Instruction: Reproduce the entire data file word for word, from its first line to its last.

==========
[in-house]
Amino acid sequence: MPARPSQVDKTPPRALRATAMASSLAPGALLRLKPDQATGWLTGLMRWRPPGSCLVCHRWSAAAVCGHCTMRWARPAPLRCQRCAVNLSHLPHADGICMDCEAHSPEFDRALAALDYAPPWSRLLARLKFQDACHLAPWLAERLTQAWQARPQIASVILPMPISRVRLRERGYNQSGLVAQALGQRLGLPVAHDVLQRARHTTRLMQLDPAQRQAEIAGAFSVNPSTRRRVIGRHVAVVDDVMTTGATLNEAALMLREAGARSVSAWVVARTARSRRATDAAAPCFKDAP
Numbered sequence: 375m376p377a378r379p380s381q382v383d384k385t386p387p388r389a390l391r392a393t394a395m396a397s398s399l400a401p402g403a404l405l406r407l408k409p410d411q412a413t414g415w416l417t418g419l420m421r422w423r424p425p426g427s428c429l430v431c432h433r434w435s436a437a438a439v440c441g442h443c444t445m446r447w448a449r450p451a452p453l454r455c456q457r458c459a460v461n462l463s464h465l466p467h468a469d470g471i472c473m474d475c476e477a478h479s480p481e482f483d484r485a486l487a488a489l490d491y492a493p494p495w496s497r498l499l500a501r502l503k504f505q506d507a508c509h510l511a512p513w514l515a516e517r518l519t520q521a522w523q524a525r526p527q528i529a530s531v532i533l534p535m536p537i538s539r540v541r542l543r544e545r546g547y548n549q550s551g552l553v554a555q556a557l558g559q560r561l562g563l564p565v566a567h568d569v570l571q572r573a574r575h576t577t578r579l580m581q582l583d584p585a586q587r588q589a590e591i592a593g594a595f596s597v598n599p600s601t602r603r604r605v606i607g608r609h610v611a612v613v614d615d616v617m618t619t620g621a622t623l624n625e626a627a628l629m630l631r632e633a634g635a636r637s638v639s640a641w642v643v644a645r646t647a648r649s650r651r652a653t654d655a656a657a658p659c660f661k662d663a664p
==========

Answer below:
[in-house]
Amino acid sequence: MPARPSQVDKTPPRALRATAMASSLAPGALLRLKPDQATGWLTGLMRWRPPGSCLVCHRWSAAAVCGHCTMRWARPAPLRCQRCAVNLSHLPHADGICMDCEAHSPEFDRALAALDYAPPWSRLLARLKFQDACHLAPWLAERLTQAWQARPQIASVILPMPISRVRLRERGYNQSGLVAQALGQRLGLPVAHDVLQRARHTTRLMQLDPAQRQAEIAGAFSVNPSTRRRVIGRHVAVVDDVMTTGATLNEAALMLREAGARSVSAWVVARTARSRRATDAAAPCFKDAP
Numbered sequence: 375m376p377a378r379p380s381q382v383d384k385t386p387p388r389a390l391r392a393t394a395m396a397s398s399l400a401p402g403a404l405l406r407l408k409p410d411q412a413t414g415w416l417t418g419l420m421r422w423r424p425p426g427s428c429l430v431c432h433r434w435s436a437a438a439v440c441g442h443c444t445m446r447w448a449r450p451a452p453l454r455c456q457r458c459a460v461n462l463s464h465l466p467h468a469d470g471i472c473m474d475c476e477a478h479s480p481e482f483d484r485a486l487a488a489l490d491y492a493p494p495w496s497r498l499l500a501r502l503k504f505q506d507a508c509h510l511a512p513w514l515a516e517r518l519t520q521a522w523q524a525r526p527q528i529a530s531v532i533l534p535m536p537i538s539r540v541r542l543r544e545r546g547y548n549q550s551g552l553v554a555q556a557l558g559q560r561l562g563l564p565v566a567h568d569v570l571q572r573a574r575h576t577t578r579l580m581q582l583d584p585a586q587r588q589a590e591i592a593g594a595f596s597v598n599p600s601t602r603r604r605v606i607g608r609h610v611a612v613v614d615d616v617m618t619t620g621a622t623l624n625e626a627a628l629m630l631r632e633a634g635a636r637s638v639s640a641w642v643v644a645r646t647a648r649s650r651r652a653t654d655a656a657a658p659c660f661k662d663a664p